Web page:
If the local authority used its own land or that secured under legislation to provide affordable housing at the present rate of £10-15K per plot then they should develop the sites themselves, in association with a housing association. This could be tendered for by local or national contractors and built in the normal commercial manner, except that the HA retain the property to let or offered on shared ownership to be bought back in the event the shared owner moves on.
The cost of the units would be dramatically reduced and rents or Market Value would not have to be reflected in the end product.
For example, if the price of a three bedroom house built by a developer has a MV of £400k then the plot value could easily be in excess of £100k. This is then reflected in the rent or shared ownership values attached to these properties at 80%. The return or yield is required to be higher to accommodate these commercial aspects which is subsequently reflected in the “affordable” values.
However, the sites for affordable units and indeed dedicated sites for such housing should be identified by local authorities and set aside as such. The taking in house by the local authority of sections of developers land should be automatic in lieu of them obtaining planning permission and being obligated to build affordable units in the first place. These plot values then set at say £15K each unit.
The land then represents a nil or nominal value. By developing the land on a normal building contract at commercial rates (at say 20% profit) for the builder is less than a developer would require on an in house development, given the commercial aspects of their business operations and shareholder demands. This is clearly evidenced in the high bonuses they can afford to pay in dividends and to their directors. Persimmon recently comes to mind.
Therefore, where a three bedroom property would sell in the retail market at say £400K at MV and demand a rental £28K pa. £2333 pm to produce a commercial yield of 7%, the affordable sector at 80% would need a rental of £22.4K pa. £1866 pm. A property built by the local authority hand in glove with a HA which would be able to borrow at preferential rates through central government endorsement and guarantees, could build a similar property at 120msq for £1000 pm sq or £120K plus say 20% builders profit £22K with a land value cost of £15 at most. (Or £157K say £175K inclusive of professional fees) Taking into account the preferential lending rates the yields could be set lower to service the borrowings at say 5% which would allow for a rental income to be set at £9kK pa. or £750 pm. A very considerable difference.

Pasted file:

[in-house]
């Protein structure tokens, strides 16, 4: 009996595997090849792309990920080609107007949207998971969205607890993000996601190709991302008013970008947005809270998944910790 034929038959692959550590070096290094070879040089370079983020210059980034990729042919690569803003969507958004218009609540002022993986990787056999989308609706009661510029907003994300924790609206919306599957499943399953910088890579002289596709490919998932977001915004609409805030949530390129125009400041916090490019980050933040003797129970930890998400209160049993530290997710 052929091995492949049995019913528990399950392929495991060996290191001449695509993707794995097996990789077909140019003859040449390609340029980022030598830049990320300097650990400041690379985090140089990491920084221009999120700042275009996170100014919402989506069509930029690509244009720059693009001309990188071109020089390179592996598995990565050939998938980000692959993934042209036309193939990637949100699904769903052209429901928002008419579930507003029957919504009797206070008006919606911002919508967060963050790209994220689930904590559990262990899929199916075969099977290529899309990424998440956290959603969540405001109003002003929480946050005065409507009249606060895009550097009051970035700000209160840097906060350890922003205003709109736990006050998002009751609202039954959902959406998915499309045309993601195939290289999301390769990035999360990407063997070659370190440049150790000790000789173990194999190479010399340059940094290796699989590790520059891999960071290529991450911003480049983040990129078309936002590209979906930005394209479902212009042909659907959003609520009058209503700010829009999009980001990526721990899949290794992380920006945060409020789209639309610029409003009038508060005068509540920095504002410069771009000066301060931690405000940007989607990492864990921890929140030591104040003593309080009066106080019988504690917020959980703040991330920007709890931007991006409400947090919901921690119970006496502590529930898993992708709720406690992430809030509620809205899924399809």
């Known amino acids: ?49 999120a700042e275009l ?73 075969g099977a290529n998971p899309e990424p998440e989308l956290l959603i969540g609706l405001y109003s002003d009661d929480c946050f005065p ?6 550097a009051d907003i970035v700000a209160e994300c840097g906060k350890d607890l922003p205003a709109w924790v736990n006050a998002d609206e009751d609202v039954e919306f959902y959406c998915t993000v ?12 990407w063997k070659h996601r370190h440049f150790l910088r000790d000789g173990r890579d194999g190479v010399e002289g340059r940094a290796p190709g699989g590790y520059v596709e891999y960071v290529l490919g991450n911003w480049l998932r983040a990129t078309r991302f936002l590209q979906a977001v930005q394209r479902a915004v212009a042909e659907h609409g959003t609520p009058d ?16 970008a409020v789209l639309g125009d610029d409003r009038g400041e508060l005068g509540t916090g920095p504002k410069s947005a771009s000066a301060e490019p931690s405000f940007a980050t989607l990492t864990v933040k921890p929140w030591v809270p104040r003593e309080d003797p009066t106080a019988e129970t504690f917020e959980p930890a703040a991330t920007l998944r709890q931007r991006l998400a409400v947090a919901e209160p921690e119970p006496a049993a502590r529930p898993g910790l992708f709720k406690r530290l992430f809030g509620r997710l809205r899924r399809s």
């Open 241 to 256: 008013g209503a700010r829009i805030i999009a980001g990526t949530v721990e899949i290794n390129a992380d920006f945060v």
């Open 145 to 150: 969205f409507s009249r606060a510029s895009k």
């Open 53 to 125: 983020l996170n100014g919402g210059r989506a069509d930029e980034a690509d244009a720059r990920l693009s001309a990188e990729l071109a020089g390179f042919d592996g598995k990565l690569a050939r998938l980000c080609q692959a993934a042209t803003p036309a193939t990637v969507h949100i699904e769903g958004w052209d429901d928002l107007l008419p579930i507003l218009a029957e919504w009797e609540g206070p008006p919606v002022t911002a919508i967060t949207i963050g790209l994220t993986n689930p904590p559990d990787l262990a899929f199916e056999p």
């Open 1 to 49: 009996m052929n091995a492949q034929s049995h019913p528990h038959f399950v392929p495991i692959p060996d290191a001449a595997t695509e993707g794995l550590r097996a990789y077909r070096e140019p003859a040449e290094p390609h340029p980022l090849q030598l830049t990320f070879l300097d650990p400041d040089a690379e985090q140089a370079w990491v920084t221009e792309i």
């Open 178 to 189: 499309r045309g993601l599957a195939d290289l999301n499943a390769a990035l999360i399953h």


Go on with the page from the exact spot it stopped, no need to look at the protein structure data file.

The overall effect would be truly affordable.
All housing should be covenanted to the public sector but with incentive for the tenants to save or take shared equity and allow families to build towards owning their own property. There could be an incentive by charging a slightly higher rent that is saved in escrow for the tenant/shared owner. It would also provide secure adequate accommodation for key workers and have a calming influence on the housing market bringing prices to a level that first time buyers could then begin to afford. This would then stimulate the private sector which in turn is excellent for the economy. When there is low turnover in the retail housing sector then not only developers suffer but so do small and large builders, suppliers, solicitors, surveyors, removal company’s etc.